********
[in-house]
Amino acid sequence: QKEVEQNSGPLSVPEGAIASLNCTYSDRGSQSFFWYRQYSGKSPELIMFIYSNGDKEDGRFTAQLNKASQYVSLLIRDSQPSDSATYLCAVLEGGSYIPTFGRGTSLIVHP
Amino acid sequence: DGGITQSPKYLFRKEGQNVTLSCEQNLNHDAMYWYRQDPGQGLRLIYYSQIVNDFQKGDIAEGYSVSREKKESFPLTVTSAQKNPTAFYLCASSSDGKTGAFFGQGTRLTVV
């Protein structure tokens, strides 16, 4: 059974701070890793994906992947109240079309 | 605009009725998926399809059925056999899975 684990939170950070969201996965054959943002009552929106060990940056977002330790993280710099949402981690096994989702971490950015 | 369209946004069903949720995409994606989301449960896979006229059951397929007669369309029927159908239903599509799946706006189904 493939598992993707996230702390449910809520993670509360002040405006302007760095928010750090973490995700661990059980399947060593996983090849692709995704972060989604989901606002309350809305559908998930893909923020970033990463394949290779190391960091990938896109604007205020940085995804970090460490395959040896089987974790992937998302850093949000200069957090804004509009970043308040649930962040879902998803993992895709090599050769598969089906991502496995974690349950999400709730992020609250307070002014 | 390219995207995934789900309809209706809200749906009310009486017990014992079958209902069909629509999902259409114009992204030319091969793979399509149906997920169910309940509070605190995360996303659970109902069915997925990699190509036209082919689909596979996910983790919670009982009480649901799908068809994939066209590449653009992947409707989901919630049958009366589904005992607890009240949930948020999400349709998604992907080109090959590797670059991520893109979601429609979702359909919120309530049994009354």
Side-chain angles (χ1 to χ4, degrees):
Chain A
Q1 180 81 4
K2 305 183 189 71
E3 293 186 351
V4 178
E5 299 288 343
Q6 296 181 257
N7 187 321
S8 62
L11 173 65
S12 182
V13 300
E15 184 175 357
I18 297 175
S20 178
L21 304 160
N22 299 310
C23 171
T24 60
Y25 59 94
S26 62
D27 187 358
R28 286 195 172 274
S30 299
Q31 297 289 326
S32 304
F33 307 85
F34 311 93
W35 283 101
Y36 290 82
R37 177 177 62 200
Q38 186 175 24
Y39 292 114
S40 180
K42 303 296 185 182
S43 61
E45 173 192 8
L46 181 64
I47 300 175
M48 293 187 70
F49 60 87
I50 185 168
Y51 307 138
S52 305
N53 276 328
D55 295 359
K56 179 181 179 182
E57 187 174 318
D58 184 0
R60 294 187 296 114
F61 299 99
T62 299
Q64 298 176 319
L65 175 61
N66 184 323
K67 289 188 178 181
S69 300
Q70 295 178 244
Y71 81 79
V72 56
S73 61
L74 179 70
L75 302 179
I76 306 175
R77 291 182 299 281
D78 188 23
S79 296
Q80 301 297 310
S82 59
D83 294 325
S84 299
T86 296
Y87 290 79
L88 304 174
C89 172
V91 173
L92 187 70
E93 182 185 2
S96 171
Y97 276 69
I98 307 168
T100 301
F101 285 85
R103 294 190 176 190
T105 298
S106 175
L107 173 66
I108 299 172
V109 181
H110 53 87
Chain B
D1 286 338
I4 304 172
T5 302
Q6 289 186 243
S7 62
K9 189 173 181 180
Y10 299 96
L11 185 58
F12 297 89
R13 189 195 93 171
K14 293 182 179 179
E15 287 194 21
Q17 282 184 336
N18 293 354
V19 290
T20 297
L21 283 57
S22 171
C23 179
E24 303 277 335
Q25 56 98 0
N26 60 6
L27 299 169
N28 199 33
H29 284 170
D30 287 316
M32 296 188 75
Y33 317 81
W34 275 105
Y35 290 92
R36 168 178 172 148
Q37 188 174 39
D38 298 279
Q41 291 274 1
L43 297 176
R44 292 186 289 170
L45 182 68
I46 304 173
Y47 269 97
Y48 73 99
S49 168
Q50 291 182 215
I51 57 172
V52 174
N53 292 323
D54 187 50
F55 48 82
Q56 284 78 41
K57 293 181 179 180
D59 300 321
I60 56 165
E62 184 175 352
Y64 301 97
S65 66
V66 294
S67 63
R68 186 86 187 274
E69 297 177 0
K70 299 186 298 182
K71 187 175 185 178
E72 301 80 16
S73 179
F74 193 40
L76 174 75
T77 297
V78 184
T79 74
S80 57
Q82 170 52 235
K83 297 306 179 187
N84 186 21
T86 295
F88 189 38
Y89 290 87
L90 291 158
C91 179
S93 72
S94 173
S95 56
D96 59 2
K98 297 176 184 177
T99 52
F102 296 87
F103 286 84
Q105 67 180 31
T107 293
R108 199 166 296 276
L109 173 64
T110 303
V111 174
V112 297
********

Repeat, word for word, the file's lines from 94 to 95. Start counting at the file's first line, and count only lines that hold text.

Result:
V109 181
H110 53 87